Before the start of the 2009 fantasy baseball season, much of the speculation revolved around David Price. With an incredible prowess for strikeouts and a nice late-2008 stint in the bullpen for the Rays, everyone was high on price going into the season.
Price was a popular sleeper pick in many fantasy leagues, and those who drafted him were let down once revealed by the Rays that Price would spend April and May in the minor leagues. In late May, Price was called up to the majors, and owners were once again thrilled with the prospects a pitcher like Price offered. At this point, Price has probably reversed the enthusiasm so many of his owners had just two months ago.
At this point in the major league baseball season, it’s safe to say that Price has been a disappointment compared to the expectations that many GMs placed upon this pitcher. Every young pitcher generally goes through his ups and downs, and Price has been no different. His biggest pitfall thus far has been his control, as Price has an abnormally high WHIP (1.63), due to the fact that he walks over 0.5 batters per inning pitched. The baseball world is wondering about Price’s fate from here, and many fantasy general managers are unsure as to what they should do.
If you’re in a keeper league, there’s absolutely no reason to let go of Price, since he’ll surely be a stud for years to come. If you’re in a 10-team league or smaller, there are probably better options on waivers unless your league uses a lot of roster spots. If you do decide to keep him, you have to know when to start him, because that could make or break your fantasy week.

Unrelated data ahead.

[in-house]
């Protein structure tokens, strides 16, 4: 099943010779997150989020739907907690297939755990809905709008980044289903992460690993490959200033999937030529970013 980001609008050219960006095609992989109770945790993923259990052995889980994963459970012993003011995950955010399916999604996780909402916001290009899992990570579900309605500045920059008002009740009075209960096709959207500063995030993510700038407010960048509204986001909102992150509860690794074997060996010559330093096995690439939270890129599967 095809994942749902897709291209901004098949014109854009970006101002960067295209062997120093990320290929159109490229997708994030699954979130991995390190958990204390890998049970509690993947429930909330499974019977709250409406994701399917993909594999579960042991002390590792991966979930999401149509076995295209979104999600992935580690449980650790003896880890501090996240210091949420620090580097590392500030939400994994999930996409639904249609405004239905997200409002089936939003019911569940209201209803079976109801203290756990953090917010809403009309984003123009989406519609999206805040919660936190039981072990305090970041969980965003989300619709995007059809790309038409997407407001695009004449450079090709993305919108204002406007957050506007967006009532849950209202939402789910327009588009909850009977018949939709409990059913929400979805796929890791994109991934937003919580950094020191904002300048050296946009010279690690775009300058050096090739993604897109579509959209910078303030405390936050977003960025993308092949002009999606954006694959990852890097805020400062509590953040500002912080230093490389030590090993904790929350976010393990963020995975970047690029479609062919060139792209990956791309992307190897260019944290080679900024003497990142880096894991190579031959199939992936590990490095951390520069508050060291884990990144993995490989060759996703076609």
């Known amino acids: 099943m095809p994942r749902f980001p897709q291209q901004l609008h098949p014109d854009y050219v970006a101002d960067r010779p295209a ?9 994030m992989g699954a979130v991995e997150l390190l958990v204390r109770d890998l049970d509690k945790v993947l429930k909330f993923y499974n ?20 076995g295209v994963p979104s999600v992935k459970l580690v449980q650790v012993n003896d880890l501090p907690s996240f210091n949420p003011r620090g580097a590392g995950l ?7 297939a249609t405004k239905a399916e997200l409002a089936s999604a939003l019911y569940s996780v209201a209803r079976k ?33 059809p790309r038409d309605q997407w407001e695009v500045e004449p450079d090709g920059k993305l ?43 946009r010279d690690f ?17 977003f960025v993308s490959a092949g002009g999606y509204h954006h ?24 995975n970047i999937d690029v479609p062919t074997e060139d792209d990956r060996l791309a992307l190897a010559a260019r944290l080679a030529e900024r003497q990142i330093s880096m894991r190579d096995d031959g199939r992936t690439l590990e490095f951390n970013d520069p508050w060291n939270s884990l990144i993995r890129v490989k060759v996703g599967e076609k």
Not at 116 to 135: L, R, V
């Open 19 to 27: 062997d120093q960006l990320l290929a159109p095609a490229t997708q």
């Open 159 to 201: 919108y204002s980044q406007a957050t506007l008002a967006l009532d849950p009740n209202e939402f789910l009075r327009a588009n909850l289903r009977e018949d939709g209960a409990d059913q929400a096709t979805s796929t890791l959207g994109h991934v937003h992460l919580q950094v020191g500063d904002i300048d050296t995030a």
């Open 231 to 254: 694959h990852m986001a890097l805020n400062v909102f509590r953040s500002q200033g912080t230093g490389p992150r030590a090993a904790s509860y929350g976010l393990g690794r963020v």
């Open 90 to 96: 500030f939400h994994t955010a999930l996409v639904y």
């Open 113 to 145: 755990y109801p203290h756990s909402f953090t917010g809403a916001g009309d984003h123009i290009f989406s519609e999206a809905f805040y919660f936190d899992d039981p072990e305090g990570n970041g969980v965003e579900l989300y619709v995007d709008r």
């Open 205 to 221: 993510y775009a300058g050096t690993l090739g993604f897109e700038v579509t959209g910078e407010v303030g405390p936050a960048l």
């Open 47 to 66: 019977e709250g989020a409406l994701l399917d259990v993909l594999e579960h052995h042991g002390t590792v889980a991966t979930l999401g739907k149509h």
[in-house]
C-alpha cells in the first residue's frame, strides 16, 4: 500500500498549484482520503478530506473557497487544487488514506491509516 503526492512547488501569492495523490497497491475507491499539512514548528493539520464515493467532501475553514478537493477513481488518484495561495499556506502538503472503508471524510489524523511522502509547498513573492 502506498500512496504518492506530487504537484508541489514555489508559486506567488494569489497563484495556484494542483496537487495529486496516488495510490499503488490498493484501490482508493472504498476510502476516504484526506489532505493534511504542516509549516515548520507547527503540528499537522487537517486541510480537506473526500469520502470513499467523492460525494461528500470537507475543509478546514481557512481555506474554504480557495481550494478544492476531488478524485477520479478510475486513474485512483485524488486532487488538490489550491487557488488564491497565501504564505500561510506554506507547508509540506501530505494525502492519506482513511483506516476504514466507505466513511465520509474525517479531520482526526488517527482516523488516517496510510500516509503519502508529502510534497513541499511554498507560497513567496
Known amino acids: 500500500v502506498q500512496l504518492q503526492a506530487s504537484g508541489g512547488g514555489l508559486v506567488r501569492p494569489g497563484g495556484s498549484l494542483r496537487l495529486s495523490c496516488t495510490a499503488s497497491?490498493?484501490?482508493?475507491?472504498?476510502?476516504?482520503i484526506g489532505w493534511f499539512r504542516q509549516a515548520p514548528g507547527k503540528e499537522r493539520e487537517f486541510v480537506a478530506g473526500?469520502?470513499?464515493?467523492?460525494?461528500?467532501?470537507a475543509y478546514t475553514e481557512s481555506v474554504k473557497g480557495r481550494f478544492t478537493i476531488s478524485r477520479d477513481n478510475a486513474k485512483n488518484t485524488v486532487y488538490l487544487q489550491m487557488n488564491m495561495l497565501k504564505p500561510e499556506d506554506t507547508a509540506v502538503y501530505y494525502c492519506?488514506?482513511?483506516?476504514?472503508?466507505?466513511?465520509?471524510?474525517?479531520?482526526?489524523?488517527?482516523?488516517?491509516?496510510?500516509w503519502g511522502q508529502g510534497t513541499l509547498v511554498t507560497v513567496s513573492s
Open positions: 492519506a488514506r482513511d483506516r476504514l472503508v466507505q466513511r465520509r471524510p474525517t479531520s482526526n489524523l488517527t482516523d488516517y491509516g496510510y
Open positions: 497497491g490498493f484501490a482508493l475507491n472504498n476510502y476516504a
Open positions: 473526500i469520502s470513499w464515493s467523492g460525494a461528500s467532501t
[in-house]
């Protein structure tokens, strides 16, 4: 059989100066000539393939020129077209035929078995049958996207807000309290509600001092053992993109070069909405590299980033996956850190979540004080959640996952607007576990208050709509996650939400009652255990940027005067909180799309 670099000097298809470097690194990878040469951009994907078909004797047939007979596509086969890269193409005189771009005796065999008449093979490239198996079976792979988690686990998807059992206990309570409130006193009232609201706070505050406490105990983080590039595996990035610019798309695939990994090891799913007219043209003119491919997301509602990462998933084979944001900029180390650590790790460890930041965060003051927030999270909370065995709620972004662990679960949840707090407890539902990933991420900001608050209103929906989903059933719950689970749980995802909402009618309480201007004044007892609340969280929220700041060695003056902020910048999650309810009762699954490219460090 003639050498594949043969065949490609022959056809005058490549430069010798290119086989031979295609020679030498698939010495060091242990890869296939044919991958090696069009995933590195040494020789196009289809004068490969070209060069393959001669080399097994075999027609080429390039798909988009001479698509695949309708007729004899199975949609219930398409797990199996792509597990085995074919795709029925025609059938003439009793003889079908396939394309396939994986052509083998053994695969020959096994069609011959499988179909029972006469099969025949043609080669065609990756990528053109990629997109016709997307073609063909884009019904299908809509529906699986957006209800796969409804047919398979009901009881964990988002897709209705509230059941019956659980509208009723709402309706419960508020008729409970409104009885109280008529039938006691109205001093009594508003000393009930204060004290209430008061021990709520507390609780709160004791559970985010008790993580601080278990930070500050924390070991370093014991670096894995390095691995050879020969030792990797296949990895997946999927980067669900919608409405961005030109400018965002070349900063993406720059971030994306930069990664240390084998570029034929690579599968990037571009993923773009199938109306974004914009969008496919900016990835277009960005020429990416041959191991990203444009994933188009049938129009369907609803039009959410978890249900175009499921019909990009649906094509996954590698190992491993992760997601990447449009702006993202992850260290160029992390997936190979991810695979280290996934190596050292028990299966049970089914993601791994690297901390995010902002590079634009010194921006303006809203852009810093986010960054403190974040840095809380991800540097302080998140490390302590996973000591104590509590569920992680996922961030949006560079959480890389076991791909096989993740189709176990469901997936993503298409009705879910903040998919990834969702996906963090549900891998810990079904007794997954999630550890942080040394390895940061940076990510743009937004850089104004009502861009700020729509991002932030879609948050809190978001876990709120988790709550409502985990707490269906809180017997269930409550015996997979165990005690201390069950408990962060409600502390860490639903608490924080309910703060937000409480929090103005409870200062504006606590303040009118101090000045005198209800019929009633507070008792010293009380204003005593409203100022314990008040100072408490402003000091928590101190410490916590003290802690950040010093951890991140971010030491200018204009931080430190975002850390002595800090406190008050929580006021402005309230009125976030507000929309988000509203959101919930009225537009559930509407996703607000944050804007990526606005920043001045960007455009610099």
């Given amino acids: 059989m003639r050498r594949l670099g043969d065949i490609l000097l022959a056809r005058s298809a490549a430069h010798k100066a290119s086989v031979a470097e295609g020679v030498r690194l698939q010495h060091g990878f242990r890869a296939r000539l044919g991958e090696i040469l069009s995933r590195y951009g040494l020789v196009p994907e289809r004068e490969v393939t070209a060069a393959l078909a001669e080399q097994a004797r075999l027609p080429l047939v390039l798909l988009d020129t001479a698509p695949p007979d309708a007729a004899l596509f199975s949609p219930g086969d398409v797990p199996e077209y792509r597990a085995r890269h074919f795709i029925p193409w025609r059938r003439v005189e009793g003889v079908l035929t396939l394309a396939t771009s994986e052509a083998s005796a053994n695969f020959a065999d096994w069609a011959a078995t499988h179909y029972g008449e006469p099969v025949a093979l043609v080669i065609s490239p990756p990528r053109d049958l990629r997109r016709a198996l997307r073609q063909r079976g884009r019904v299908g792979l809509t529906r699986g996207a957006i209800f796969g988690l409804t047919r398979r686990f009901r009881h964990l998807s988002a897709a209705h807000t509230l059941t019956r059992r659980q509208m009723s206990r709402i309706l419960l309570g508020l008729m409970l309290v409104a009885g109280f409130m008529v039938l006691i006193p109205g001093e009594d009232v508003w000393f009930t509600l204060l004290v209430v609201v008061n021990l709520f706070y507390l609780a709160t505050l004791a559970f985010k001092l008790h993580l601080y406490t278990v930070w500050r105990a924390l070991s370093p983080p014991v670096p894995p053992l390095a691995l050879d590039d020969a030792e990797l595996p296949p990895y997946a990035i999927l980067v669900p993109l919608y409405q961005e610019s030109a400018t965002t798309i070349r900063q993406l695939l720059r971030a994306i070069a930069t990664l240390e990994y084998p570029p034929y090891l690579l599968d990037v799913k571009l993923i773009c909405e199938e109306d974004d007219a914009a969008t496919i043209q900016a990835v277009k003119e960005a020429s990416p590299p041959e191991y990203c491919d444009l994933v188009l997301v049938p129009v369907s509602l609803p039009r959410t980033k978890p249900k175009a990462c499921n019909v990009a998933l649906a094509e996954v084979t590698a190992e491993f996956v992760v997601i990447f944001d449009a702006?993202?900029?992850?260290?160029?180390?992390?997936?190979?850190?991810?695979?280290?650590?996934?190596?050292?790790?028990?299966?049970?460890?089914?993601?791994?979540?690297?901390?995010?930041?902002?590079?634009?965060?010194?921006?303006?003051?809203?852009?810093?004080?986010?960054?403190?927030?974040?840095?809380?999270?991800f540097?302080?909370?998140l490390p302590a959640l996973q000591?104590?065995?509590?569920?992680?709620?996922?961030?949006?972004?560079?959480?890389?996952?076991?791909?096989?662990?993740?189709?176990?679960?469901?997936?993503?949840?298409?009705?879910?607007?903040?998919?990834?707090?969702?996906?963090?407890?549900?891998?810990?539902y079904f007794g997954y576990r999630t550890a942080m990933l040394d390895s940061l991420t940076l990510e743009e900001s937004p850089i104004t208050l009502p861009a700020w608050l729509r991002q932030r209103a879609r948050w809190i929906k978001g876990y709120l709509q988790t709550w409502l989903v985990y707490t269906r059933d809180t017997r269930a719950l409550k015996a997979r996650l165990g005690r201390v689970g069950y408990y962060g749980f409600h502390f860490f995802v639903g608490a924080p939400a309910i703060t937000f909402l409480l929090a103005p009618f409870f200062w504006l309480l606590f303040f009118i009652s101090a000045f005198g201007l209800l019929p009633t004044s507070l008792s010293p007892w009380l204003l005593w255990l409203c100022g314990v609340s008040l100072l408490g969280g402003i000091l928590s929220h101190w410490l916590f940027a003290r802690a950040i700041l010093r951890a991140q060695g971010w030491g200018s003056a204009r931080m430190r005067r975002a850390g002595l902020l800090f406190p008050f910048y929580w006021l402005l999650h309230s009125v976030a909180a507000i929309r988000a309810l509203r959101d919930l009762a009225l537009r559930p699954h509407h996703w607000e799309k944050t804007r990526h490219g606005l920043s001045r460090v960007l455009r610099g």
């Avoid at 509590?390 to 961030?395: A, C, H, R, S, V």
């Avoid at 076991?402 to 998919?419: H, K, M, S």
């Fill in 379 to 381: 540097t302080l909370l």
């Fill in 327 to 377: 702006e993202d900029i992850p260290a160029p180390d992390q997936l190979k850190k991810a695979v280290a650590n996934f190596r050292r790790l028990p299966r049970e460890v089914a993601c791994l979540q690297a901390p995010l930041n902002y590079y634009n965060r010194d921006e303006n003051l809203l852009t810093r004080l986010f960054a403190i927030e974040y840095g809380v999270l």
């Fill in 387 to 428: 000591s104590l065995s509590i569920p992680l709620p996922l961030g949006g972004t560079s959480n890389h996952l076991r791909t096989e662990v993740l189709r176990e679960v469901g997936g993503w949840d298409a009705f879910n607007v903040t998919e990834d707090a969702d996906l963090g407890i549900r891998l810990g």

There are others who swear by Price’s split stats, claiming to know exactly when to start him. Price’s numbers are immeasurably better at home than on the road. His 4-1 and 2.67 stats at home compared to his 0-3 and 8.20 stats on the road speak to this.
On the other hand, Price’s opponents on the road have definitely been more difficult than his opponents in Tampa Bay. Price has faced teams like Colorado, Texas, the White Sox, and Toronto on the road – all difficult matchups – while facing easier opponents at home (only Philadelphia and the Angels as far as difficult ones go).
Another interesting split is his day/night stats. In 5 starts during the day, he’s 3-0 with a 3.38 ERA and a 1.39 WHIP. But in 7 starts at night, he’s 1-4 with a 6.83 ERA and 1.83 WHIP.
In case you haven’t figured it out by now, Price should really only be used as a spot starter for right now. If he’s pitching at home or he’s pitching during the day, I’d start him. If he’s not, then let him sit on your bench. You don’t need one bad start to destroy your ERA and WHIP for the entire week.
Regardless of where he pitches, Price’s WHIP is on the high side and will hurt most teams. This has to do with his shaky control and the fact that he’s issuing many walks. To make up for it, his strikeout count is very high, as he’s basically a guarantee to average a strikeout for each inning pitched.
While this pitcher has been a letdown in many senses, fantasy GMs are still clinging to this prospect, hoping to see a turn for the better.